Legal Ethics

DC ethics board seeks suspension for ex-judge's 'manifestly absurd' claims in $67M lost-pants suit

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dry cleaner pants

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A stayed suspension is too light a punishment for a former administrative law judge who sued his dry cleaners for $67 million for allegedly losing his pants, according to the District of Columbia Board on Professional Responsibility.

The board is recommending a 90-day suspension for the former judge, Roy Pearson Jr., report the Legal Profession Blog and the American Lawyer. A hearing committee had recommended a stayed suspension.

Pearson had initially sought $1,150 as compensation for the lost Hickey-Freeman pants, and the dry cleaners refused to pay. He sued in June 2005. As the suit progressed, Pearson’s arguments “morphed into the preposterous,” according to the May 23 report by the professional responsibility board. He eventually sought more than $67 million in damages.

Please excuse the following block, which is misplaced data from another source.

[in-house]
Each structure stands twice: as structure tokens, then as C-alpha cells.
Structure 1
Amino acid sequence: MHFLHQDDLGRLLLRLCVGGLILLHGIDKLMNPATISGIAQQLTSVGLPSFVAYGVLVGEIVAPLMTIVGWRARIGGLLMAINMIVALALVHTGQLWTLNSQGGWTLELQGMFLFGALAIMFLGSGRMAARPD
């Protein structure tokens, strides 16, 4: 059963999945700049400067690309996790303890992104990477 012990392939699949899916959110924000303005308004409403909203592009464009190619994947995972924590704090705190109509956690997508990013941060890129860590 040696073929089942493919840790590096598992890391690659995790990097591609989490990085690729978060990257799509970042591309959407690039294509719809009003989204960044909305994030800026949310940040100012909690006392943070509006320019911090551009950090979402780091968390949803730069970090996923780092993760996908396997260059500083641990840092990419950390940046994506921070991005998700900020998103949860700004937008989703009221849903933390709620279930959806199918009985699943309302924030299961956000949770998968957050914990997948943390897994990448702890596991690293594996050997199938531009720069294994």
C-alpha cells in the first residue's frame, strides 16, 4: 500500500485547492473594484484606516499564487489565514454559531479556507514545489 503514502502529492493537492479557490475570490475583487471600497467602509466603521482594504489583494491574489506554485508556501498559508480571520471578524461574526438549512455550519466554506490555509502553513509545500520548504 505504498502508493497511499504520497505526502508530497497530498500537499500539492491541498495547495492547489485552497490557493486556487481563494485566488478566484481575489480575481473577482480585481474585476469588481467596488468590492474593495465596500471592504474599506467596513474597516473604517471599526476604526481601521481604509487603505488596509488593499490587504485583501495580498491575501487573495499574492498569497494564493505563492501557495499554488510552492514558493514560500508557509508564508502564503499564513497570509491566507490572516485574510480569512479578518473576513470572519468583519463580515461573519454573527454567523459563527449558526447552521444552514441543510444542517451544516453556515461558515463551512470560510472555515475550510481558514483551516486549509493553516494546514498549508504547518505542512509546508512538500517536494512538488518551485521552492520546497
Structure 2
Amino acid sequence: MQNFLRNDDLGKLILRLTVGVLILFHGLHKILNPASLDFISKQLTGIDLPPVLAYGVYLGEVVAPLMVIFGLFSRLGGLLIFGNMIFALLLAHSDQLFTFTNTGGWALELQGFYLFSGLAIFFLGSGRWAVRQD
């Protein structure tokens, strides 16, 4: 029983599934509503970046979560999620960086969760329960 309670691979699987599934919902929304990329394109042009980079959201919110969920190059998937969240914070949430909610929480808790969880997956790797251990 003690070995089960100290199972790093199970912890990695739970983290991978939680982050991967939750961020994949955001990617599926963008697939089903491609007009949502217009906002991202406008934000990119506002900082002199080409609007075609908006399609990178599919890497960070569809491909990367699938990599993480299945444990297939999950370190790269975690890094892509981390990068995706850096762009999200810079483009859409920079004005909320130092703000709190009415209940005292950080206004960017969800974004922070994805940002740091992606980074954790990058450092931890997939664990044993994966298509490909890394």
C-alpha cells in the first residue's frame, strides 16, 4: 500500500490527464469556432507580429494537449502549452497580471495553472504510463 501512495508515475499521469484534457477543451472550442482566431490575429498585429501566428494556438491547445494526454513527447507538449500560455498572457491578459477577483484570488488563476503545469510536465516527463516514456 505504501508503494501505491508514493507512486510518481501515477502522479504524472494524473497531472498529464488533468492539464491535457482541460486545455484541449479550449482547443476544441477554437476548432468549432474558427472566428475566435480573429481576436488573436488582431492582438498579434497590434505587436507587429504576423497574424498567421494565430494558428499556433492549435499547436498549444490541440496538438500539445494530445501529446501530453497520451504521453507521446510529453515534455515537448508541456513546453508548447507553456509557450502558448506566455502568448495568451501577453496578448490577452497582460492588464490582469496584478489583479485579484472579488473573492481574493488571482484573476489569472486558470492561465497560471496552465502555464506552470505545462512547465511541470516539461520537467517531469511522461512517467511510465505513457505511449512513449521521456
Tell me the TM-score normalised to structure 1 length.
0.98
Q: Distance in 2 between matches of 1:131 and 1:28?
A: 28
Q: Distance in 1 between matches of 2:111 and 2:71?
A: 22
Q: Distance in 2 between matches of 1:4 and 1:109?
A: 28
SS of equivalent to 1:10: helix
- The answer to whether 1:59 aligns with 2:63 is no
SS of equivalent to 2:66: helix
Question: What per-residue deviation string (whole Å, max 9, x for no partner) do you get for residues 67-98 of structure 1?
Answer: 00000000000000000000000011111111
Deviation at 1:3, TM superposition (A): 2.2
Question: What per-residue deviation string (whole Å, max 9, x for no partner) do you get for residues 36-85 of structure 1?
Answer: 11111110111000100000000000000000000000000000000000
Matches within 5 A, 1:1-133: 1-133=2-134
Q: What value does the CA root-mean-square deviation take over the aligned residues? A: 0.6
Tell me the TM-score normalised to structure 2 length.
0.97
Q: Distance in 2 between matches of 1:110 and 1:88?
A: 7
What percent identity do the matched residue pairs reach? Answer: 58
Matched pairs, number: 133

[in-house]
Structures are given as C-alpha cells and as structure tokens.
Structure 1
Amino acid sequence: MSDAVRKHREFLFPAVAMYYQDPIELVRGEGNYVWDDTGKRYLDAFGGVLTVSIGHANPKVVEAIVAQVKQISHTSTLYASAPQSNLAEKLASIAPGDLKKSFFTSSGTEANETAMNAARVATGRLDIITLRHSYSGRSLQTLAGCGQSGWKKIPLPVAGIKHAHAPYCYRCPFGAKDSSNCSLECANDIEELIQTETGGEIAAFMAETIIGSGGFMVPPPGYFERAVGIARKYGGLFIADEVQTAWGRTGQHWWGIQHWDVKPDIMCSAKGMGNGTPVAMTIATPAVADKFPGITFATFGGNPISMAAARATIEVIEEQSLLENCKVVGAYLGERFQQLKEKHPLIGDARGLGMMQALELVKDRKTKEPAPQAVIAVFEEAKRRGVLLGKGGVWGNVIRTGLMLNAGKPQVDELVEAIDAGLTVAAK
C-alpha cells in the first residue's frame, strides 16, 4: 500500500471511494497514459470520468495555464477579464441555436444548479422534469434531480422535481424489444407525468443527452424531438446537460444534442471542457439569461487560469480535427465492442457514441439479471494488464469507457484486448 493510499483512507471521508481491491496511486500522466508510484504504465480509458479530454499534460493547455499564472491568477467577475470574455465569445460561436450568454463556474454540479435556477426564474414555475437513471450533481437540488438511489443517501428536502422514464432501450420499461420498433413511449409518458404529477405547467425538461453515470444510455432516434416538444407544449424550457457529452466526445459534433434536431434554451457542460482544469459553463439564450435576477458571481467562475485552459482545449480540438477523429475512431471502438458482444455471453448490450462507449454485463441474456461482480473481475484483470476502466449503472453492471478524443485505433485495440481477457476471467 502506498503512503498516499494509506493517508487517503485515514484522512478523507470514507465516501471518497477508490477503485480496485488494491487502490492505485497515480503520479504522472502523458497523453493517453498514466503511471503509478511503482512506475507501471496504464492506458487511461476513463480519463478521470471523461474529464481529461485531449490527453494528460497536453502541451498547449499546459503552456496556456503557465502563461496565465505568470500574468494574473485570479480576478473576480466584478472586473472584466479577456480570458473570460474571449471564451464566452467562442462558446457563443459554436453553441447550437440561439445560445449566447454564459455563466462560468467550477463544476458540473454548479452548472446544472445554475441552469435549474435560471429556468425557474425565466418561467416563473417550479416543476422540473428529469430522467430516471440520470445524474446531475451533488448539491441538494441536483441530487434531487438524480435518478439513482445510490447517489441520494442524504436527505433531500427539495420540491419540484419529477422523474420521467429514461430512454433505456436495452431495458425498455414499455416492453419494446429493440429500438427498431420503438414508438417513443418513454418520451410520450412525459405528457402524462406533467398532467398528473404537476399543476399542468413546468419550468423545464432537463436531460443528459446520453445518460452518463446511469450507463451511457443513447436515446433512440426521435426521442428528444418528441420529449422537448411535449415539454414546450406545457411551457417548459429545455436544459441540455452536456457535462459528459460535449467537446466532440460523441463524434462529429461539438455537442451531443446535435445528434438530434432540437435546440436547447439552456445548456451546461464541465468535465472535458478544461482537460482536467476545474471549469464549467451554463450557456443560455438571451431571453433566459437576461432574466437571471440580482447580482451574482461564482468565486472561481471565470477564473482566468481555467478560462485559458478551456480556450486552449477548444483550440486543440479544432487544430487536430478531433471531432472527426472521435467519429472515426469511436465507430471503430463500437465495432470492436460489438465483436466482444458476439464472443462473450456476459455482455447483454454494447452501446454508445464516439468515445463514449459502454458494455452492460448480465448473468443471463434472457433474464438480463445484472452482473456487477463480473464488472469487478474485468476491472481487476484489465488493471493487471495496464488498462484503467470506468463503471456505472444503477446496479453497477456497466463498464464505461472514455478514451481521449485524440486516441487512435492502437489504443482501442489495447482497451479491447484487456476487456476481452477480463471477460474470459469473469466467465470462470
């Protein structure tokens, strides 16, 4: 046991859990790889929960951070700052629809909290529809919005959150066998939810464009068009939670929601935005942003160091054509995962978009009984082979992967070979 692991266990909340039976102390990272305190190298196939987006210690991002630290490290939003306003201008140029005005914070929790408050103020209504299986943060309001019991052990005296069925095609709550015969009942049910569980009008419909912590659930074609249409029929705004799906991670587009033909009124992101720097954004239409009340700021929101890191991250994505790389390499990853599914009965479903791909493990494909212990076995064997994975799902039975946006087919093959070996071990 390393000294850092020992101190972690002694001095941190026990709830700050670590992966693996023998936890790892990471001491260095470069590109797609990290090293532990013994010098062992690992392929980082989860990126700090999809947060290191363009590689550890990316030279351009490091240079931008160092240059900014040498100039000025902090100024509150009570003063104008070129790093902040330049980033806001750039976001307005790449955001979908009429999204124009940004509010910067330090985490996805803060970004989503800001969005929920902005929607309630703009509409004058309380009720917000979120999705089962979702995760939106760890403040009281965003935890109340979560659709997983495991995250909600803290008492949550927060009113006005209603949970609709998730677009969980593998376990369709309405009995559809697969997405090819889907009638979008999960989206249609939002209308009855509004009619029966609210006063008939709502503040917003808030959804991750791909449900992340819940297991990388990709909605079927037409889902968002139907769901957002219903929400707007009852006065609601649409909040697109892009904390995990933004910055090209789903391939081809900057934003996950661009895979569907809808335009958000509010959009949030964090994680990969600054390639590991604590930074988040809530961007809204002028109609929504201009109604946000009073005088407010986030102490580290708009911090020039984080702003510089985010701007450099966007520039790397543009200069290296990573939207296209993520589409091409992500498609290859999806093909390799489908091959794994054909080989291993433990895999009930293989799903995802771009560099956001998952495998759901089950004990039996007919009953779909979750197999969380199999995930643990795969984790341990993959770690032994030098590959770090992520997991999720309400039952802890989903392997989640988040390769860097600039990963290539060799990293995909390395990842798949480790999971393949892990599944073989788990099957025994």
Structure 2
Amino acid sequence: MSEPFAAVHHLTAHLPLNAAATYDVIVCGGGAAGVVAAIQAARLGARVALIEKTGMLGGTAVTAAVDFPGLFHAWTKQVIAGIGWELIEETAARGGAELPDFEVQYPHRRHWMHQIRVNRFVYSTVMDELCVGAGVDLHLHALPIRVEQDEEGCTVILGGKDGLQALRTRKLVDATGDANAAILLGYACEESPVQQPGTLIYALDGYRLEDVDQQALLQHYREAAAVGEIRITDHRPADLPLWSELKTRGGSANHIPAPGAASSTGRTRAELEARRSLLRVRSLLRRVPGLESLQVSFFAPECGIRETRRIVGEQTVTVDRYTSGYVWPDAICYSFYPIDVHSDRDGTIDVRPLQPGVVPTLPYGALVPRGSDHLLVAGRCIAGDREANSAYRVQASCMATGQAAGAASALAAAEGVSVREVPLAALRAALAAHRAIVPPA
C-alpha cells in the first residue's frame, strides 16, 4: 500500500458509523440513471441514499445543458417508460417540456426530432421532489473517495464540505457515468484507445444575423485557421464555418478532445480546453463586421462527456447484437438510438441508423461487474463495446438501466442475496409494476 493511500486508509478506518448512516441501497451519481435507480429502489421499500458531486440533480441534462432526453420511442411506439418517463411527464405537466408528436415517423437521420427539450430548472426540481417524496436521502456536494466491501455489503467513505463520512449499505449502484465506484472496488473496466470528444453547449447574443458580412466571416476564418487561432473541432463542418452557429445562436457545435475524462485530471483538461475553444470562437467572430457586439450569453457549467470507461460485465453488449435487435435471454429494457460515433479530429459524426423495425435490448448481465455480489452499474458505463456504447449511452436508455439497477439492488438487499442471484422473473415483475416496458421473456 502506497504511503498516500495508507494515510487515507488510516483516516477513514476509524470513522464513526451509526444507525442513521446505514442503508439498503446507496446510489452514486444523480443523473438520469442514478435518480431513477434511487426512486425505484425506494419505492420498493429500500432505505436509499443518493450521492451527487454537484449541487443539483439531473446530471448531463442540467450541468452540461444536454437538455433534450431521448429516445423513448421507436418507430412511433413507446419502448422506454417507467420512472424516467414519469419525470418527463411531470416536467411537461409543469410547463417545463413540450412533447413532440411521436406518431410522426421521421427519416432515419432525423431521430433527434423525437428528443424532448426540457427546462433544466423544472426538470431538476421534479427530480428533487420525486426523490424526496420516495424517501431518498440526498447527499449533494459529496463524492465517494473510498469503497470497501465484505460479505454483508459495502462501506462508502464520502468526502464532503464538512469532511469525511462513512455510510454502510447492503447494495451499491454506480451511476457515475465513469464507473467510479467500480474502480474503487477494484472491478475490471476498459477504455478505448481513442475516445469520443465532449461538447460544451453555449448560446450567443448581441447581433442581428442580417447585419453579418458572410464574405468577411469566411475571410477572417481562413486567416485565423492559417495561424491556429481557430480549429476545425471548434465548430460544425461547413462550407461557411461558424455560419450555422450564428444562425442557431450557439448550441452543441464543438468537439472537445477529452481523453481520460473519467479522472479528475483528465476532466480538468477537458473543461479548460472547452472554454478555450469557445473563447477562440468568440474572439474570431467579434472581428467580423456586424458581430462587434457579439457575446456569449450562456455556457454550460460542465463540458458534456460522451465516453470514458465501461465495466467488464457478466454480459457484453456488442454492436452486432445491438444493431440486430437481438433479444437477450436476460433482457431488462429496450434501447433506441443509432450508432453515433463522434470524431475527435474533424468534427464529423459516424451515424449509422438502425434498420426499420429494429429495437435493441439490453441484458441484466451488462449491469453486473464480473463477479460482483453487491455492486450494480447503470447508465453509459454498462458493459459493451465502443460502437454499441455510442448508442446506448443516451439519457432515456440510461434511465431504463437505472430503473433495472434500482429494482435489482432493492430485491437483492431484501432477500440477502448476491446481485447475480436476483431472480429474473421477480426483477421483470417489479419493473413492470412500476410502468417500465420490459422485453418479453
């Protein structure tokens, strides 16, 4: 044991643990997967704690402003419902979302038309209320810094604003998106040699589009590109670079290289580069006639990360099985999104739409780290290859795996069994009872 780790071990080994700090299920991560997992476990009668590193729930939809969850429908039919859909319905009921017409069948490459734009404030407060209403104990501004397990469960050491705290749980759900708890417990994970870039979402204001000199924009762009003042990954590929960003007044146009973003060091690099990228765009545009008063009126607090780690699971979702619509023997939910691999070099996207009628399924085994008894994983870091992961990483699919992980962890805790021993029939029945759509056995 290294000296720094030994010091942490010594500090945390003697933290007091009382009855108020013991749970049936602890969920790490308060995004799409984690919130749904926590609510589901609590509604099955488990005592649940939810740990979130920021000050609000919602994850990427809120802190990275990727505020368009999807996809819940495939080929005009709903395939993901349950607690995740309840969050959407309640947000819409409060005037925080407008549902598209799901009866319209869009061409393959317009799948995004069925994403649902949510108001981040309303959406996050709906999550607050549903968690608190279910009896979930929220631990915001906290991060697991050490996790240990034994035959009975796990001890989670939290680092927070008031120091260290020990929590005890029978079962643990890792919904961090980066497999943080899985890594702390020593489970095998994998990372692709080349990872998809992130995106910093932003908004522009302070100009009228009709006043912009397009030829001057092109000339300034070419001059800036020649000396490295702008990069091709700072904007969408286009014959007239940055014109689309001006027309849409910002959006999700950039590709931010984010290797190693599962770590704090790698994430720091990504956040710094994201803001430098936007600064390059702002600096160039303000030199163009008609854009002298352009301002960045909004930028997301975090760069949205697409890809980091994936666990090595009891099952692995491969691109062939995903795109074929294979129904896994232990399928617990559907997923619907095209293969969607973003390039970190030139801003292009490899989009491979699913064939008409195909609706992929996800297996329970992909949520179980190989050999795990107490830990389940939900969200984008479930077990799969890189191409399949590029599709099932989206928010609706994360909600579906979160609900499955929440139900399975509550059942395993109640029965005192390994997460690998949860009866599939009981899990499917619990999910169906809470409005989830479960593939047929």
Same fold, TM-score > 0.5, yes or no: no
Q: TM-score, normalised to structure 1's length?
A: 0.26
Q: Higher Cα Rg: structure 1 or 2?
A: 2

Pearson argued that a “same day service” sign meant the dry cleaner had to provide same-day service, even when it wasn’t requested and no matter what time the clothes were dropped off. He also claimed the “satisfaction guaranteed” sign meant the cleaners had to satisfy any customer’s wish, without limit.

“Thus, if the cleaner rejected a customer’s demand for anything—even a trillion dollars – as ‘satisfaction,’ the cleaner would be liable for damages,” the board said in explaining Pearson’s position.

Yet Pearson failed to prove that his pants had been lost or damaged, the hearing board said. Pearson took the position that he didn’t need to prove the pants had been lost to satisfy his “satisfaction guaranteed” claim.

The board agreed with a hearing committee that found Pearson had violated ethics rules barring frivolous claims and serious interference with the administration of justice. The board disagreed, however, with the hearing committee’s recommendation for a stayed suspension.

Pearson’s conduct during the course of the suit was “extreme” while his liability and damage claims were “manifestly absurd,” the board said.

“Throughout the proceedings,” the board said, Pearson “failed to conduct an objective appraisal of the legal merits of his position. He made, and continues to make, arguments that no reasonable attorney would think had even a faint hope of success on the legal merits.”

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